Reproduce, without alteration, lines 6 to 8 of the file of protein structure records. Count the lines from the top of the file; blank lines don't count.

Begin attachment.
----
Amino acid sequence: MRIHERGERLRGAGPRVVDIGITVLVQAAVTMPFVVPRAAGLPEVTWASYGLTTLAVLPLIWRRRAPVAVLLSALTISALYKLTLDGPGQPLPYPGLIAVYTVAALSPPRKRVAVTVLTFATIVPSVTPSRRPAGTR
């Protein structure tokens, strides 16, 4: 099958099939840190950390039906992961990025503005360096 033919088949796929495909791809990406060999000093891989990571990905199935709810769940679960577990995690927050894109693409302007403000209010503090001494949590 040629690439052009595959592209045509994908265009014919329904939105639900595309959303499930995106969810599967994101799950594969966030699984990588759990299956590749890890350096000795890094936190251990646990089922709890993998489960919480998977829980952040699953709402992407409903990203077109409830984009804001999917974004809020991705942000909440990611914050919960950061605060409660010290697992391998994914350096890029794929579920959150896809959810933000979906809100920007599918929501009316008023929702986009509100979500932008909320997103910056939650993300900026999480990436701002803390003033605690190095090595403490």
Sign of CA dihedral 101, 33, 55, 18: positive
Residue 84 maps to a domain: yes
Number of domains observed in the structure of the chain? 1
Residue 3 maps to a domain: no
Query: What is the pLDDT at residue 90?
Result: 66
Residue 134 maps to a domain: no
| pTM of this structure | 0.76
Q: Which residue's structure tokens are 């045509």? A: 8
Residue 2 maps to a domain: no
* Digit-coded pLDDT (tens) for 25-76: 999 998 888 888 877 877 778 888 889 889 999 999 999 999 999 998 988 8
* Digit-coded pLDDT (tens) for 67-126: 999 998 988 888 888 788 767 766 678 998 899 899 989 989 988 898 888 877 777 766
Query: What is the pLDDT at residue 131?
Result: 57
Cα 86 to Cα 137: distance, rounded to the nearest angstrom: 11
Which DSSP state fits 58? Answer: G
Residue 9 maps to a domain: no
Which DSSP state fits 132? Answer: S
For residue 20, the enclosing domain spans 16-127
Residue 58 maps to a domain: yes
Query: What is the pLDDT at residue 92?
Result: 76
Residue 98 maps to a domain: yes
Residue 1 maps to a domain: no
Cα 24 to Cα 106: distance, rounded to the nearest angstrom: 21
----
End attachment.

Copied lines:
Residue 3 maps to a domain: no
Query: What is the pLDDT at residue 90?
Result: 66